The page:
Transmission Distance

When an acoustic wave travels through a medium, its intensity decreases exponentially with the distance travelled.

Pd = Poe-ad/2

where Pd is the pressure at a point d away from the source Po, and a is the absorbtion coefficient.
(For example:  at 50 kHz, a sound emitted at about 110dB can travel about 30 meters before becoming absorbed)



We can stand to lose about 60dB, and still receive our signal.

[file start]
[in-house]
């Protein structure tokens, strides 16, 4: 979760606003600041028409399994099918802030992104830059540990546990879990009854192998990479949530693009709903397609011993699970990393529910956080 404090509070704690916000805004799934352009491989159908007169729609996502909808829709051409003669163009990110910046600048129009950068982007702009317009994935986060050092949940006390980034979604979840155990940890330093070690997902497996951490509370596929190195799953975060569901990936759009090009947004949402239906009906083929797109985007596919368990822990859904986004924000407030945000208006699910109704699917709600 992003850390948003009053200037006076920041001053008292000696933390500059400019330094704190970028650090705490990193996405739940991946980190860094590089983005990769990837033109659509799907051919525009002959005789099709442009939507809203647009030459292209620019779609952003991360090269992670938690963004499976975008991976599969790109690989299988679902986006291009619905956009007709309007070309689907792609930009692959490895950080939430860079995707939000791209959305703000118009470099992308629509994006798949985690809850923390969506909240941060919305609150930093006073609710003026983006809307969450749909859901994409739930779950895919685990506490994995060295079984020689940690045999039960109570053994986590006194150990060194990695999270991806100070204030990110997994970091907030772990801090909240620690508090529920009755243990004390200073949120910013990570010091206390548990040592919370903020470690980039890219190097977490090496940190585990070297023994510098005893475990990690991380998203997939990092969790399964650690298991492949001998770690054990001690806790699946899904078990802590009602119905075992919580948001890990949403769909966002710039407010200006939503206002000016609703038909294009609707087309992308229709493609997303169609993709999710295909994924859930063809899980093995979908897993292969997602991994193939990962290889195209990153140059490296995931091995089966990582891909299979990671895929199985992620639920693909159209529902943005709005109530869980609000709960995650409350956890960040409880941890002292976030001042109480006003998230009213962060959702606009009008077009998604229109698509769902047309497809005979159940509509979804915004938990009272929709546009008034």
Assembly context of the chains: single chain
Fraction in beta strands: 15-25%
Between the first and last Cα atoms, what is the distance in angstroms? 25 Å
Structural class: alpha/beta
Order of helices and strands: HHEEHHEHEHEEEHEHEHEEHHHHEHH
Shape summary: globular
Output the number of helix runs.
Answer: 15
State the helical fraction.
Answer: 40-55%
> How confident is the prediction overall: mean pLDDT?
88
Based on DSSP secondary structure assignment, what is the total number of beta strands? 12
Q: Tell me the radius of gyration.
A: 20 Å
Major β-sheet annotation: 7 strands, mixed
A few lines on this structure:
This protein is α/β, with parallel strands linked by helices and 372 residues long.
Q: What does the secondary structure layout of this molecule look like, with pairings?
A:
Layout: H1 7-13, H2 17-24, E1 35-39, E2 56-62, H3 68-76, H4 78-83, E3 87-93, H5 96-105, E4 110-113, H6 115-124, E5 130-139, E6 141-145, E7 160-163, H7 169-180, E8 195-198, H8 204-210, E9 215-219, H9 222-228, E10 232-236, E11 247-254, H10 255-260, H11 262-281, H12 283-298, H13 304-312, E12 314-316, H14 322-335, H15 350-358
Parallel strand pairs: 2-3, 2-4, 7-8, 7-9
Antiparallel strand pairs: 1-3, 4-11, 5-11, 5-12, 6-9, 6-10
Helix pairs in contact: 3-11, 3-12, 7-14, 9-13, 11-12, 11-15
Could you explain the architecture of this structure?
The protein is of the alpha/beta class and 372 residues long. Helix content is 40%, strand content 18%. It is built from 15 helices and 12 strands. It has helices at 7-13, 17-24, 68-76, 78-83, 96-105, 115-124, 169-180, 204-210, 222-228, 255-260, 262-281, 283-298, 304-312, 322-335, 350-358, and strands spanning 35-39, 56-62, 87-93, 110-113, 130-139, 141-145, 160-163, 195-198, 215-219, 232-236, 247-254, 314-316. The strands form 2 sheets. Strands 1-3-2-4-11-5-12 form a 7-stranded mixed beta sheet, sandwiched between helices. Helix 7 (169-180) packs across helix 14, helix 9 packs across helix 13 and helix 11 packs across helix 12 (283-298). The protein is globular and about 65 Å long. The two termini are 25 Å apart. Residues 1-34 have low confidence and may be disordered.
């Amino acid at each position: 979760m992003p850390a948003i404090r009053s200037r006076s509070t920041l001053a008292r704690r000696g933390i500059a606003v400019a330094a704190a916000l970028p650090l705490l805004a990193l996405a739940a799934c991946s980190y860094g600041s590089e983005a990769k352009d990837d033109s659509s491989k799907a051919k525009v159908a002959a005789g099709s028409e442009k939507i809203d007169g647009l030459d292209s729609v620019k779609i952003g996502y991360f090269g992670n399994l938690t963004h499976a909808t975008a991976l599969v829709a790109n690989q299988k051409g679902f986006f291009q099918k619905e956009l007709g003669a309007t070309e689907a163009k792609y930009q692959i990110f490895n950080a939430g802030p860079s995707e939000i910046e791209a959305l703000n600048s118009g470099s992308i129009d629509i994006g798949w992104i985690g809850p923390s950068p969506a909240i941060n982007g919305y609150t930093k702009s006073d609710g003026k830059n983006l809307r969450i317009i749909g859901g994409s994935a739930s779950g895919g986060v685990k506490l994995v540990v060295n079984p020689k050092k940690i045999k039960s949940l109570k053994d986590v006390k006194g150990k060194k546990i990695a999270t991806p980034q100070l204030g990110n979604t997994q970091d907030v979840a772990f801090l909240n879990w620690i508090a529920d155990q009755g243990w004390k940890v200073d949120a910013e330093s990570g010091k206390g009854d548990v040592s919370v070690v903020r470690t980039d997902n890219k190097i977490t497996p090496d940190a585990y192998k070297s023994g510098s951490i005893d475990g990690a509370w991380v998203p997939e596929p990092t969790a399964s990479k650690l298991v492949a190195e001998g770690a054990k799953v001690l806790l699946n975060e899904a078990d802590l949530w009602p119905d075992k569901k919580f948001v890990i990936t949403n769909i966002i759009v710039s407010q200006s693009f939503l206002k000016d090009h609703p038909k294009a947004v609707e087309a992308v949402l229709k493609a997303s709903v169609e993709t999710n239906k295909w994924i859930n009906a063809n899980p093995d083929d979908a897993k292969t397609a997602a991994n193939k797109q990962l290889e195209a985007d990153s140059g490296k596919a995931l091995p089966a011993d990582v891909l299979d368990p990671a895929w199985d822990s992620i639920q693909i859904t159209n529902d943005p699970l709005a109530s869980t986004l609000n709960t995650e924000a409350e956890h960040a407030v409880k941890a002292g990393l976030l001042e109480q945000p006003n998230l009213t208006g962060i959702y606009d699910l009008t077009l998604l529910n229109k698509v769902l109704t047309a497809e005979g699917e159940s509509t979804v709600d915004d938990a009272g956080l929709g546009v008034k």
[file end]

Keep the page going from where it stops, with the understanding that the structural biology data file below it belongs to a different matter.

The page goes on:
If we want to send a signal 20 meters, we cannot go above 100 kHz.
If we want to send a signal 10 meters, we cannot go above about 200 kHz.
Distances shorter than that start to get "not useful" for LAN's, so let's say that our upper frequency limit is around 200 kHz.

Humidity and temperature play a big role in the attenuation constant.